Android, may fair better once the android tablet market matures a bit further, since it’s operating system is, for the most part, open source, meaning it could be customised by IT departments if required. In this day and age though, do we even need to be quite so paranoid with what systems are used to access work networks?
Obviously, some degree of caution is needed, but an increasing number of workplaces are seeing the drawbacks of investing hundreds of thousands of pounds in pc’s which rapidly goes out of date when workers are inevitably sitting on far faster, more advanced machines at home. There are definite cost benefits to subsidising your workforce to buy their own machines and make sure the security of the system is robust enough to handle it.
Many large American companies, such as Kraft, Citrix and SNR Denton have launched bring your own computer schemes over the last few years which, beyond certain stipulations around which virus and firewall software must be installed on the machines, allow staff free reign to buy whichever machines they want and treat them as their own. All work related files are accessed securely and remain in the cloud at all times which minimises the security risks. If the worker leaves his laptop on the train, no confidential info can be accessed by anyone else, since no confidential info is saved on the machine beyond the individual session that it is being used.
Once work systems are designed to be as open as this, then there is no reason that tablets and phones with sufficient security couldn’t also tap into the network. Virtualisation software such as go to my PC allows you to view your pc’s output remotely on your iPad and even control it directly using the touch screen.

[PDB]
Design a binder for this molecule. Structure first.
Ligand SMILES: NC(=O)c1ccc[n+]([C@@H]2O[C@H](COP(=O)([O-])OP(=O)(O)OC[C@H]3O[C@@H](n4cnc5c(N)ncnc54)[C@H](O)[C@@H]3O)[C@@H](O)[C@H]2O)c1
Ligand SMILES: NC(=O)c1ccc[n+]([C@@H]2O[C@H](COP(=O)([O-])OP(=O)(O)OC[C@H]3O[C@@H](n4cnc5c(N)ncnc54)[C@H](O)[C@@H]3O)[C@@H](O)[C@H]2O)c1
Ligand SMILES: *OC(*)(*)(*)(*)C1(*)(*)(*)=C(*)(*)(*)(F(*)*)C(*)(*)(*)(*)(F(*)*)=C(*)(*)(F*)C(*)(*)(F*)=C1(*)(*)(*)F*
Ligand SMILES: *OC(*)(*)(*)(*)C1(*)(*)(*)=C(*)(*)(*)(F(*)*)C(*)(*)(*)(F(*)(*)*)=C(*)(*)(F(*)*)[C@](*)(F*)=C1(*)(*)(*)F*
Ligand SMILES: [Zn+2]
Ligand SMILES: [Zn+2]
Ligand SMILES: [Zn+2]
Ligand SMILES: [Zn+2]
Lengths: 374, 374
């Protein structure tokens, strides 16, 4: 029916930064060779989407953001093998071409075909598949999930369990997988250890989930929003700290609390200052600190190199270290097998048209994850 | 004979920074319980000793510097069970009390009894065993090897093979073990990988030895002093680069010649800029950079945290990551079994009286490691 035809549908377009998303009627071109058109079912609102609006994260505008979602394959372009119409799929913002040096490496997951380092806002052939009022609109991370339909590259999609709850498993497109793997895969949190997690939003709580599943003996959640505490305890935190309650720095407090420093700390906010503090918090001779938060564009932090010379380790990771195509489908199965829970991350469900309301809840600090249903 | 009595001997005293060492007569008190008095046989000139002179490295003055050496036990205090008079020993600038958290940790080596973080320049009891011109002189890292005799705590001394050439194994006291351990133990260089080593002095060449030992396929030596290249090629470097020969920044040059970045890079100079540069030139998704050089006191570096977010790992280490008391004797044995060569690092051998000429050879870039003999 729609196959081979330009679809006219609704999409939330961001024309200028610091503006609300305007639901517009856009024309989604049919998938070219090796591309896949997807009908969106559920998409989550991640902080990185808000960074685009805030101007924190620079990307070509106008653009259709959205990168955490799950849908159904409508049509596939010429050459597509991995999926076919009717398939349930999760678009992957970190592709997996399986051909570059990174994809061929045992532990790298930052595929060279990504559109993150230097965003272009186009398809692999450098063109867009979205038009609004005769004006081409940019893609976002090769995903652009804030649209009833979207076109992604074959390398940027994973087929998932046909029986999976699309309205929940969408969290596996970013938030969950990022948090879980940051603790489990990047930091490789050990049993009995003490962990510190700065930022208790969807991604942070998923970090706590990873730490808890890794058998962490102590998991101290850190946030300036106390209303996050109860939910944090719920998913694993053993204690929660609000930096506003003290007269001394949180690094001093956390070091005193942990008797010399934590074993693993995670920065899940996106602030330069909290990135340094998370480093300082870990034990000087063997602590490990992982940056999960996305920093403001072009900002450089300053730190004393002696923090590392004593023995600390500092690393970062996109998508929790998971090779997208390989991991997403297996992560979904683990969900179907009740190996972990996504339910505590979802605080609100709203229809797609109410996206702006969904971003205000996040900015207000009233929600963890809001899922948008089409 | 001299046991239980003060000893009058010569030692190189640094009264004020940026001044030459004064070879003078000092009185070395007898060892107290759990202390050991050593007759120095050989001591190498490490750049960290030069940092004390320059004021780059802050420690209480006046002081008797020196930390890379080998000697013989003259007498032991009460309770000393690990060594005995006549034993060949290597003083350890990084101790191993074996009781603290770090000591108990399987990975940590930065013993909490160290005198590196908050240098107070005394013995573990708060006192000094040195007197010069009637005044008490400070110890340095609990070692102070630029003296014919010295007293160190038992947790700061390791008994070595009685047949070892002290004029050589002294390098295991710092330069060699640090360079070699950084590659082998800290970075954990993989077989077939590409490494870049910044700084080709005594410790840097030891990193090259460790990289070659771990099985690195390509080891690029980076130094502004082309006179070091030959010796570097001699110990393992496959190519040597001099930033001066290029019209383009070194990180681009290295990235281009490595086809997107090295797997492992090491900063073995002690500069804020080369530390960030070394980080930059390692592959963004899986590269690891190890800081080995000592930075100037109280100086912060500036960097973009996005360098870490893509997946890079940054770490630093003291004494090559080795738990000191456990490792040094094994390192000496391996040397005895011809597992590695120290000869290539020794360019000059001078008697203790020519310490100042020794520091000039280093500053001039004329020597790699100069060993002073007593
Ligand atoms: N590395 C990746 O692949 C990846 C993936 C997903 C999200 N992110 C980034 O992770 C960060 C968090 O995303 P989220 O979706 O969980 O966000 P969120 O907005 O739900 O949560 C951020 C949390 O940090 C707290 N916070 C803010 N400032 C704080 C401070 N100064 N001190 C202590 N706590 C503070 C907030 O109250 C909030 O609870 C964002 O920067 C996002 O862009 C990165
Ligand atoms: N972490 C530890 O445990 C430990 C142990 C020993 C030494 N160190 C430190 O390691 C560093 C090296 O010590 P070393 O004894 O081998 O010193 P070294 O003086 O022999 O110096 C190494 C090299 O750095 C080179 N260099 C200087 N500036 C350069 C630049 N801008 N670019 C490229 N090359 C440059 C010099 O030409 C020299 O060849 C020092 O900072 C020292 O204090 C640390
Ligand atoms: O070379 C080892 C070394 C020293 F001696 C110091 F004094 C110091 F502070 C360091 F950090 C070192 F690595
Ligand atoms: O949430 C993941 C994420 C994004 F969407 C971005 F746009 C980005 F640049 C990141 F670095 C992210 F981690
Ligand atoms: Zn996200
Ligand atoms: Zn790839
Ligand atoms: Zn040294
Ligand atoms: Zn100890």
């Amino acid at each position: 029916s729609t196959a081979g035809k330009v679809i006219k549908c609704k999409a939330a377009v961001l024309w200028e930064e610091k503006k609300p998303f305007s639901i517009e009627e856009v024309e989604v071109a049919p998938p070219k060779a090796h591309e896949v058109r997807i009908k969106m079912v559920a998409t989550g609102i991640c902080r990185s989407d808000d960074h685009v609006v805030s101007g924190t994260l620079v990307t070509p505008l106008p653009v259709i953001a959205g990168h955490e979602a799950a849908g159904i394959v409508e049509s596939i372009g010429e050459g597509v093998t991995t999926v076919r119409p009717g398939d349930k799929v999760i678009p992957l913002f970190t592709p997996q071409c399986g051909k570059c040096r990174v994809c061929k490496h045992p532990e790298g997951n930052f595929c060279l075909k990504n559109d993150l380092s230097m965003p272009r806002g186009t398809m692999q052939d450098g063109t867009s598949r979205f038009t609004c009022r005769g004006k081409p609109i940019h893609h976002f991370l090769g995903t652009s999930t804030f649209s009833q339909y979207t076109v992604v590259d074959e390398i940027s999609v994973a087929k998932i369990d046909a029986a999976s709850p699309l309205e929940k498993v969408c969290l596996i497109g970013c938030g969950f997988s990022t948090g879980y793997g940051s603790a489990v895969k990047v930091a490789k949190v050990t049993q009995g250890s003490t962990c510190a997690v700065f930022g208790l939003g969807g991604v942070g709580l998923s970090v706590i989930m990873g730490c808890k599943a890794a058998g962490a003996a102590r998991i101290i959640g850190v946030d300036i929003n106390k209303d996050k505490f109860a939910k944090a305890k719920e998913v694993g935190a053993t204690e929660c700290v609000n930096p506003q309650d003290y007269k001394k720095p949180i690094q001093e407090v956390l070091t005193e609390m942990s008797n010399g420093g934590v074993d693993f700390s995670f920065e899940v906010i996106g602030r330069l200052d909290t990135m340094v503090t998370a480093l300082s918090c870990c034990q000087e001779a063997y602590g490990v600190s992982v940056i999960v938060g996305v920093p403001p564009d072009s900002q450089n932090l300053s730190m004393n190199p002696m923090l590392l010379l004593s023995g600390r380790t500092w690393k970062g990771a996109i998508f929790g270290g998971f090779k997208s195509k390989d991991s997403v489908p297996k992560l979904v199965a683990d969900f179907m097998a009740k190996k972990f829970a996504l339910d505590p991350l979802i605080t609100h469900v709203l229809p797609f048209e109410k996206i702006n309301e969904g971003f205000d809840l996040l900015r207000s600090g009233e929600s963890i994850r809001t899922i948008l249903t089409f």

Of course, while a few companies are forward thinking enough to embrace ideas like this, the majority of companies are slaves to their IT departments when it comes to new technology innovations. Departments who are used to being all powerful and will put every possible obstacle in the way of having to relinquish that power. A few years ago, Hillary Clinton attended a town hall meeting for state department workers and the request was put to her “Can you please let the staff use an alternative Web browser called Firefox?” this was greeted with cheers in the room. The questioner continued that everyone had used it in his previous job and he didn’t understand why state computers didn’t allow it when it was a far more secure, safe browser than Internet explorer, which they were forced to use.
When Clinton looked into it, she was advised that it was too expensive, despite the fact the software is entirely free and open source. These sort of diversionary, stalling tactics are common place amongst it departments the world over. 3% of computers in the UK are still running the ten year old internet explorer 6, despite the fact Microsoft recently launched version 9 along with a campaign trying to convince the remaining stragglers to ditch IE6 as soon as possible. I’m prepared to bet the vast majority of those machines still running IE6 are work machines being held back by it departments still finding excuses not to upgrade five years after the software was superceded.
If we want to see mobile technology embraced in the workplace, perhaps we’ll need to take the battle directly to the it departments. There was a time where it departments were the most advanced, forward thinking departments in the company. It’s ironic that these days, more often than not, they are the ones clinging to old technology and trying to stem the flow.